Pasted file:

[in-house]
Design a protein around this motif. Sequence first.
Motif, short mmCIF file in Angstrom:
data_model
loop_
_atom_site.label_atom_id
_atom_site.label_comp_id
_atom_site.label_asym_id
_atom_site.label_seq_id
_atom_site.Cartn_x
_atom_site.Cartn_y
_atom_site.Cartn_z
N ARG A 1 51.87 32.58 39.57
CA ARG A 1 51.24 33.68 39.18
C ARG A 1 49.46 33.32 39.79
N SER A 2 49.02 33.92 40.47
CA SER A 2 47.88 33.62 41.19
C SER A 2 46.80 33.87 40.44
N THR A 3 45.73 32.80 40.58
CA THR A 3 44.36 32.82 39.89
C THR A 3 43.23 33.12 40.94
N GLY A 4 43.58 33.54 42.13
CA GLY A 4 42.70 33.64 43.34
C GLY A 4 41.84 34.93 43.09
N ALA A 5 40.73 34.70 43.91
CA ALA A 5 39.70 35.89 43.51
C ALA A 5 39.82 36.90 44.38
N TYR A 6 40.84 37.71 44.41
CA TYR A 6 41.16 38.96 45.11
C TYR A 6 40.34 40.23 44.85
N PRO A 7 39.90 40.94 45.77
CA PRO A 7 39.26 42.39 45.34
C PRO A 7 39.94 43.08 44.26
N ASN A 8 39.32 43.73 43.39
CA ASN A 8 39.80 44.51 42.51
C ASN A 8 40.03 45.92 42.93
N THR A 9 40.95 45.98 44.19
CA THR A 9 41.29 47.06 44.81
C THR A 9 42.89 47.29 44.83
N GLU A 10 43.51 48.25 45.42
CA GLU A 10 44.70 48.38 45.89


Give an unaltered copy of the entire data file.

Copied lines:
[in-house]
Design a protein around this motif. Sequence first.
Motif, short mmCIF file in Angstrom:
data_model
loop_
_atom_site.label_atom_id
_atom_site.label_comp_id
_atom_site.label_asym_id
_atom_site.label_seq_id
_atom_site.Cartn_x
_atom_site.Cartn_y
_atom_site.Cartn_z
N ARG A 1 51.87 32.58 39.57
CA ARG A 1 51.24 33.68 39.18
C ARG A 1 49.46 33.32 39.79
N SER A 2 49.02 33.92 40.47
CA SER A 2 47.88 33.62 41.19
C SER A 2 46.80 33.87 40.44
N THR A 3 45.73 32.80 40.58
CA THR A 3 44.36 32.82 39.89
C THR A 3 43.23 33.12 40.94
N GLY A 4 43.58 33.54 42.13
CA GLY A 4 42.70 33.64 43.34
C GLY A 4 41.84 34.93 43.09
N ALA A 5 40.73 34.70 43.91
CA ALA A 5 39.70 35.89 43.51
C ALA A 5 39.82 36.90 44.38
N TYR A 6 40.84 37.71 44.41
CA TYR A 6 41.16 38.96 45.11
C TYR A 6 40.34 40.23 44.85
N PRO A 7 39.90 40.94 45.77
CA PRO A 7 39.26 42.39 45.34
C PRO A 7 39.94 43.08 44.26
N ASN A 8 39.32 43.73 43.39
CA ASN A 8 39.80 44.51 42.51
C ASN A 8 40.03 45.92 42.93
N THR A 9 40.95 45.98 44.19
CA THR A 9 41.29 47.06 44.81
C THR A 9 42.89 47.29 44.83
N GLU A 10 43.51 48.25 45.42
CA GLU A 10 44.70 48.38 45.89